Monthly Archives: January 2016

Save The Arctic

Save The Arctic — a Greenpeace project — states, “If you want to change the world, start at the top” — so let’s look North:

“The Arctic Ocean is home to incredible wildlife, from majestic polar bears to blubbery walruses, mysterious narwhals and graceful seabirds. But the sea ice they depend on is vanishing at a terrifying speed.

Without ice to hunt, rest, and breed, the very survival of polar bears and other wildlife is under threat. Mother polar bears, weak and starving, have trouble reproducing. Their cubs must fight the odds to survive into adulthood.

Unless we make a global concentrated effort to prevent this, experts warn that polar bears could disappear completely from the Arctic in the next 100 years. Act now to protect their home,” the mission declares.

Join the movement here and show the world you will do what it takes to save OUR arctic (!

Donate here to help save our earth and its inhabitants—every dollar counts (!

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The Ocean Cleanup

“About The Ocean Cleanup: The Ocean Cleanup develops technologies to extract, prevent, and intercept plastic pollution. The Ocean Cleanup’s goal is to fuel the world’s fight against oceanic plastic pollution by initiating the largest cleanup in history.”


Join the largest cleanup in history here (!

Donate here to help save our earth and its inhabitants—every dollar counts (!

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In The News

Last week, the North Pole was warmer than Western Texas, Southern California, and parts of the Sahara.

Wait… what?

“This year’s holiday season has been full of extreme weather, with weird anomalies from coast to coast—like a script worthy of a Syfy network movie,” writes  of Slate Magazine.

“The remarkable storm will briefly boost temperatures in the Arctic basin to nearly 10 degrees Fahrenheit warmer than normal—and the North Pole itself will be pushed above the freezing point, with temperatures perhaps as warm as 40 degrees. That’s absolutely terrifying and incredibly rare. Keep in mind: It’s late December and dark 24 hours a day at the North Pole right now. The typical average high temperature this time of year at the North Pole is about minus 15 to minus 20 degrees. To create temperatures warm enough to melt ice to exist in the dead of winter—some 50 or 60 degrees warmer than normal—is unthinkable.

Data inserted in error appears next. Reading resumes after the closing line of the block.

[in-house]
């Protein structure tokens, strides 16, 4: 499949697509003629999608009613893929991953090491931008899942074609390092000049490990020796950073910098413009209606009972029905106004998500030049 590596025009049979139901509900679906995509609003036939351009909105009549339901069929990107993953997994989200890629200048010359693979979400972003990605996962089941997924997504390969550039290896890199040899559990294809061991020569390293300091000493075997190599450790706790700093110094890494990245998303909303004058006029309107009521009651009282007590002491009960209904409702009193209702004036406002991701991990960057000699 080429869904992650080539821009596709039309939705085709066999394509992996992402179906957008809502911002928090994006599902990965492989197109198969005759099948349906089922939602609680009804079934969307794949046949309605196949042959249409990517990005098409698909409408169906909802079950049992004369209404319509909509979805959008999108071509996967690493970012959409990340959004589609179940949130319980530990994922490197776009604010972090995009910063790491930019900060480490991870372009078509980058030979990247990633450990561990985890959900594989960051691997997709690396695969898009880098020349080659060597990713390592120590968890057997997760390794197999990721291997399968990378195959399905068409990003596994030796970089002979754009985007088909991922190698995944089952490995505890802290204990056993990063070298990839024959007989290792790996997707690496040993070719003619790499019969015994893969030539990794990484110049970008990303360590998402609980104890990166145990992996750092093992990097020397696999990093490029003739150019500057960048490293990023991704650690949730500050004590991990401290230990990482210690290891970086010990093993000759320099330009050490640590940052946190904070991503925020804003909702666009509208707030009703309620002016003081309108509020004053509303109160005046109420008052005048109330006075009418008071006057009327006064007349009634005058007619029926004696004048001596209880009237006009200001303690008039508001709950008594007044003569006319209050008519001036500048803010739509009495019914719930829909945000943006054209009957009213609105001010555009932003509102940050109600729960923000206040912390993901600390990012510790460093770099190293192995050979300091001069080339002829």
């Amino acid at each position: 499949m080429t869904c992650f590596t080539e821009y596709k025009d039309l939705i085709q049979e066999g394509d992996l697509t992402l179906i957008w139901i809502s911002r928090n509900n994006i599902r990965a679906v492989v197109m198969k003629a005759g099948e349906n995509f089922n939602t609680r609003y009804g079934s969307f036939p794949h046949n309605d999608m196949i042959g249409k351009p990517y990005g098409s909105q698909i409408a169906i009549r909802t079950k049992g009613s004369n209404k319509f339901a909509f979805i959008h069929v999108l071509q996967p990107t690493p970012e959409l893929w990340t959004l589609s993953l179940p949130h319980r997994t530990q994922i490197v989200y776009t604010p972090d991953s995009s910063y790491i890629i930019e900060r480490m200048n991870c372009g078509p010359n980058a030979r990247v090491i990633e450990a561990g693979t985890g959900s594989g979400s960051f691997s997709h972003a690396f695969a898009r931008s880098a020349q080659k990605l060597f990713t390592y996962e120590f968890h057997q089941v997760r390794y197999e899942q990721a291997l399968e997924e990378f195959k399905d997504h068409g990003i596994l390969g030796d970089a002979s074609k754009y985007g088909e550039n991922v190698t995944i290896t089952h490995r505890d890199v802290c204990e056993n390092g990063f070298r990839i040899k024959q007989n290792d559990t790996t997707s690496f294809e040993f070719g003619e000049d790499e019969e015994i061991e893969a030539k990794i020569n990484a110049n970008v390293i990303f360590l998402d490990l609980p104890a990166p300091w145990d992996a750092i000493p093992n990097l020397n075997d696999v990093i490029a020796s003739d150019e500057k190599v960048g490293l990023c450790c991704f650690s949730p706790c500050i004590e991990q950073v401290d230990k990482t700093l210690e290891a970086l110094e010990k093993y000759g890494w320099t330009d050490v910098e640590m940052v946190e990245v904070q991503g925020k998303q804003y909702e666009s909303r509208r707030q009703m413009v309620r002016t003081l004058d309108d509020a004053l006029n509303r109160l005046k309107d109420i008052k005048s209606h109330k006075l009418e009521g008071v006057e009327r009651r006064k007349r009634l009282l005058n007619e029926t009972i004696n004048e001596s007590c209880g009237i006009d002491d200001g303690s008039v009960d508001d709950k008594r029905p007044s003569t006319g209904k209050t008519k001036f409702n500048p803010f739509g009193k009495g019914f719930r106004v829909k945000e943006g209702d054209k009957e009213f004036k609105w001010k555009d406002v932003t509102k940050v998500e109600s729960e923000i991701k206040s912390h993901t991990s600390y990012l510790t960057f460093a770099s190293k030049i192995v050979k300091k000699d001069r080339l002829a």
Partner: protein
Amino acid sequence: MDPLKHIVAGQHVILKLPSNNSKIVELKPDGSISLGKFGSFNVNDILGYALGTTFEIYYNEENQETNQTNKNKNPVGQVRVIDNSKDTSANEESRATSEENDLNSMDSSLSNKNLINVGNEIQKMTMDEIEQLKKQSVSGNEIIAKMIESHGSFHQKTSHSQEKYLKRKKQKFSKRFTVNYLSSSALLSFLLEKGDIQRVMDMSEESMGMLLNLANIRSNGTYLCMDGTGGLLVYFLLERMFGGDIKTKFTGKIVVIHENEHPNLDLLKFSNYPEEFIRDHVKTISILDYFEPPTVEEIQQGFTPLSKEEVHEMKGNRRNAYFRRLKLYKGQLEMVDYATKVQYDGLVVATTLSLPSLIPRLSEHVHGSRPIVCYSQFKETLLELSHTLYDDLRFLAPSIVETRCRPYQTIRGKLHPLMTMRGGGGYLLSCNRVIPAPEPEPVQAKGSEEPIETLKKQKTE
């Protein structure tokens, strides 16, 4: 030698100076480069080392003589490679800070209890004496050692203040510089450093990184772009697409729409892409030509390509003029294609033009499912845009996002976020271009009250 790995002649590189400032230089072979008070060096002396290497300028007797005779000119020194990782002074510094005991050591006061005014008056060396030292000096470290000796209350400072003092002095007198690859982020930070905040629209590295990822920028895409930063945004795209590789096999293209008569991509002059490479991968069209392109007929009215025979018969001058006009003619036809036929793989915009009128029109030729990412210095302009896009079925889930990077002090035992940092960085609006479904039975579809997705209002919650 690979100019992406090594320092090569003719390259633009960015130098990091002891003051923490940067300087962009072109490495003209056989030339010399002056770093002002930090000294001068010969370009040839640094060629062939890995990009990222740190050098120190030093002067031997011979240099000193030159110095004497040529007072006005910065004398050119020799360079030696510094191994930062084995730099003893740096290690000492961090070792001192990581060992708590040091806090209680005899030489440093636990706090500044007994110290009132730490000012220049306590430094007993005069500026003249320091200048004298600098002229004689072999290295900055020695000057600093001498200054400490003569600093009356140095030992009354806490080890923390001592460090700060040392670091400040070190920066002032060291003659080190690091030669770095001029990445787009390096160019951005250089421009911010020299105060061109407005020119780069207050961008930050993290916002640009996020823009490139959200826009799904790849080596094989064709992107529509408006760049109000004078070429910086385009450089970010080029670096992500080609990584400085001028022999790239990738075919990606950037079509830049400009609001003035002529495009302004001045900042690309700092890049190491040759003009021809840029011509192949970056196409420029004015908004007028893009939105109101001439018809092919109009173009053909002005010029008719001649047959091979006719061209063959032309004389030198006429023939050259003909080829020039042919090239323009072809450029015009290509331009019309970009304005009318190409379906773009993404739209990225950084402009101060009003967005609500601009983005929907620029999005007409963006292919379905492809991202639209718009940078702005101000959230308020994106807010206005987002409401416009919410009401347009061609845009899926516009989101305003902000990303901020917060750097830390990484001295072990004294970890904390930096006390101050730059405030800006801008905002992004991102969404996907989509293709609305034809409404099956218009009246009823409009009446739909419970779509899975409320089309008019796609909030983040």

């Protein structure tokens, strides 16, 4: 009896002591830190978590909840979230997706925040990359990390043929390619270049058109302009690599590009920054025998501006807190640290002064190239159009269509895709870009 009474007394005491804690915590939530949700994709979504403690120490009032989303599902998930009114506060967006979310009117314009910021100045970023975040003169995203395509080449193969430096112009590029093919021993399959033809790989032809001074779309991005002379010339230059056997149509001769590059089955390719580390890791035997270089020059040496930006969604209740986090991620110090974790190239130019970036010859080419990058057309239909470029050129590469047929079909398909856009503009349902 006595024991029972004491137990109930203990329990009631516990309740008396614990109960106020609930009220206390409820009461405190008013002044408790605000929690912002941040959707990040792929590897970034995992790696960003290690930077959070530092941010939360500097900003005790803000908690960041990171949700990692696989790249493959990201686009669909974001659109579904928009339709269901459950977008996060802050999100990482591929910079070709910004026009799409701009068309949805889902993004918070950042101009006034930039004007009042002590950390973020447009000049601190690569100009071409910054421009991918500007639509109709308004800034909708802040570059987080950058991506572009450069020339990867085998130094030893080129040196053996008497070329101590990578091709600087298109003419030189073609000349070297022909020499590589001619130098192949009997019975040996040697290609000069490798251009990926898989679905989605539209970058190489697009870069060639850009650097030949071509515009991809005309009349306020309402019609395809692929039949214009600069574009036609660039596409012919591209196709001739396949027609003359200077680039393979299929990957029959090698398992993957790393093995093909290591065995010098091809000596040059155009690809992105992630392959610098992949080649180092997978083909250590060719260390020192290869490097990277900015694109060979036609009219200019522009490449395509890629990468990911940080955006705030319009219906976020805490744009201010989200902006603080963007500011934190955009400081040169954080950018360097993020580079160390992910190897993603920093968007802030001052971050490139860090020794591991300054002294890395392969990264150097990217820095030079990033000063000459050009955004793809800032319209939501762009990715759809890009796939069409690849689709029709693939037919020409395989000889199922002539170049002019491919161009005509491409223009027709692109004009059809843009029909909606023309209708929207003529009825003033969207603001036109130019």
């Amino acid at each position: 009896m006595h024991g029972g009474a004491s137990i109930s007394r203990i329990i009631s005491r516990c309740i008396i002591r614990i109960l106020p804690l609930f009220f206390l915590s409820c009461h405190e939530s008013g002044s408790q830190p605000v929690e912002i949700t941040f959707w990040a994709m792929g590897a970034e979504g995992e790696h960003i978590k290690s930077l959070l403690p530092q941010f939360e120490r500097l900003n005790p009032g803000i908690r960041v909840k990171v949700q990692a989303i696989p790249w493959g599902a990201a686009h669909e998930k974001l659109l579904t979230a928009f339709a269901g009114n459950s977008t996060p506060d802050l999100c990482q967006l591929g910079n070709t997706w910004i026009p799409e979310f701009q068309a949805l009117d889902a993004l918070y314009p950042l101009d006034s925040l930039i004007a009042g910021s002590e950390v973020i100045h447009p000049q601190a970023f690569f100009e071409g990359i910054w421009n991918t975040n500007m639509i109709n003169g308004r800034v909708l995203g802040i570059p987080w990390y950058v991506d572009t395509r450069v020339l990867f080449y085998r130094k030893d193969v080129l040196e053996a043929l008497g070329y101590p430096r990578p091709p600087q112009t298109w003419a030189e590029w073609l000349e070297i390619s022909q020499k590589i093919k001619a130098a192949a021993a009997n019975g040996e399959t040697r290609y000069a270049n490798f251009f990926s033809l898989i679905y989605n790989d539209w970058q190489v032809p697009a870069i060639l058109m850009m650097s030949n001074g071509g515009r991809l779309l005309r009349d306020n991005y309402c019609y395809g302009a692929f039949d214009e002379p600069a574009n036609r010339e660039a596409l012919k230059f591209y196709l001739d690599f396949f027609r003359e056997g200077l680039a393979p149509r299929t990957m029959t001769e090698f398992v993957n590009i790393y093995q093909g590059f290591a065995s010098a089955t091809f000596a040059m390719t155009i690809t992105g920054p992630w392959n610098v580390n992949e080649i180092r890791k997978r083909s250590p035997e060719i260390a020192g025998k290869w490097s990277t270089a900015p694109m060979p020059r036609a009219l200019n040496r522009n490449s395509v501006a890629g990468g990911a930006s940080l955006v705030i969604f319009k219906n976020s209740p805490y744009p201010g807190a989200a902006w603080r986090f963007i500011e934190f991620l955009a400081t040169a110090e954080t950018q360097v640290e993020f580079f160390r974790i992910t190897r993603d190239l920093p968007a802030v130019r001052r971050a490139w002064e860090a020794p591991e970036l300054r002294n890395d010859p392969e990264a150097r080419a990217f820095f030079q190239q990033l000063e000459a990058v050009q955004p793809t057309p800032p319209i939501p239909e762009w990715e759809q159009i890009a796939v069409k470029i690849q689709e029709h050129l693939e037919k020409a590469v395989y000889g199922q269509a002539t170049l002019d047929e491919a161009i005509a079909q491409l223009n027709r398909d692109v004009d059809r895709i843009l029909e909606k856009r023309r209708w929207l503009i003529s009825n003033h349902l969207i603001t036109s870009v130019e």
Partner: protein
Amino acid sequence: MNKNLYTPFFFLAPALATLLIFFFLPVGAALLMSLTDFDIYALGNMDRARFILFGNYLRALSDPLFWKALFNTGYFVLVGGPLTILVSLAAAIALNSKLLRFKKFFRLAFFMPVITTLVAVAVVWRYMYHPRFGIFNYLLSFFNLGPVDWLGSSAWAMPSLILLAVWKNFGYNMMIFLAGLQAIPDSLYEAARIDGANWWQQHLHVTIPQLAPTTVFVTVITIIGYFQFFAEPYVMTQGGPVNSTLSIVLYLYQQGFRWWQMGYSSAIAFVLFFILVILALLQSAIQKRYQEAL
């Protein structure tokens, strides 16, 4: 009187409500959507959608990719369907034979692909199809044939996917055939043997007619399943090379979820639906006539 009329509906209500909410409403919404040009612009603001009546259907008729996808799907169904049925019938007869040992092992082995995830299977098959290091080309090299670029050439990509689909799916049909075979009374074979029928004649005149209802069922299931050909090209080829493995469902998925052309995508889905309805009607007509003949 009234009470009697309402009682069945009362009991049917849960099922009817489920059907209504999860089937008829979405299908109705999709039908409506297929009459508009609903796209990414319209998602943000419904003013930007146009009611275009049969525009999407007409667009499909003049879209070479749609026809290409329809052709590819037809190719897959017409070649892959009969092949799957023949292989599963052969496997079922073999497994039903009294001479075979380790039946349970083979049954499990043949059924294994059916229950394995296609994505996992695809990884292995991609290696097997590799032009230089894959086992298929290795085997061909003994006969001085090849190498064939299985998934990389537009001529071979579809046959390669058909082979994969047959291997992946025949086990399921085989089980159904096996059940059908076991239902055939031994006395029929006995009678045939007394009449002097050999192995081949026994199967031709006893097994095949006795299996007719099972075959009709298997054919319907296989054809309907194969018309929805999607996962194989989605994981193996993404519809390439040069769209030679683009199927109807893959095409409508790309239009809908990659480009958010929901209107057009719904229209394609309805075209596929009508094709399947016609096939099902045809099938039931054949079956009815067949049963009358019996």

Read the article in its entirety here to understand why we, together, must work to end climate change to save ourselves, our planet, and those species that inhabit this wonderful, beautiful, and fragile planet with us.(

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In The News

Inside Canada’s Anti-Pipeline Resistance Camp — A Gallery

Photos by RAFAL GERZAK for VICE News

The Unist´ot´en Camp is located on unceded traditional Wet’suwet’en Territories in northern British Columbia and stands amid a high-profile oil and gas pipeline corridor. Over the summer, energy-industry helicopters had been landing there—without permission—to continue their survey work as heavy machinery cleared trees for a TransCanada pipeline right-of-way toward the Wedzin Kwah (Morice River). The purpose of this camp is to protect the land from several proposed pipelines that would run from the tar sands in Alberta and extracted shale gas projects in the Peace River Region out to the West Coast,” Gerzak writes.




View the original VICE News article, gallery, and captions in its entirety here (

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In The News

(Photocredit: EniScuola)

“This oil company teaches kids about how environmental disasters can be good for tourism,” writes Michael Segalov of VICE News.

Though there’s a tendency for multinational energy corporations to invest in good causes (see: oil gargantuan BP’s longstanding deal with the Tate Galleries or Shell’s controversial climate change exhibition at the London Science Museum), Eni, Italy’s largest energy company, per Segalov, has taken a more skewed approach at reaching the masses.

According to Segalov, the energy behemoth runs an education program aiming to teach children about science called Eniscuola, or Eni schools. These programs are aimed not only for use at home, but also for teachers in the classroom.

Educational materials from Eni include pieces of work designed for teachers explain how manmade objects like oil rigs and mining platforms have a positive impact on the environment and wildlife, basically arguing that Eni’s fossil fuel gluttony is basically doing us all a favor. A section translated from Italian as ‘life platform’ (‘vita in piattaforma‘) ‘aims to inform students on the richness of biodiversity in the Adriatic Sea, and the habitats that are created around the mining platforms‘” (per Segalov).

Unfortunately, Eni neglects to mention the harmful–often catastrophic–effects of offshore oil rigs and mining platforms in their controversial claims (see: the WWF, ORDC, and Ocean Conservation Research Center’s “Don’t Be A Buckethead” initiative).

Read more of Eni’s controversial claims from the original article here (

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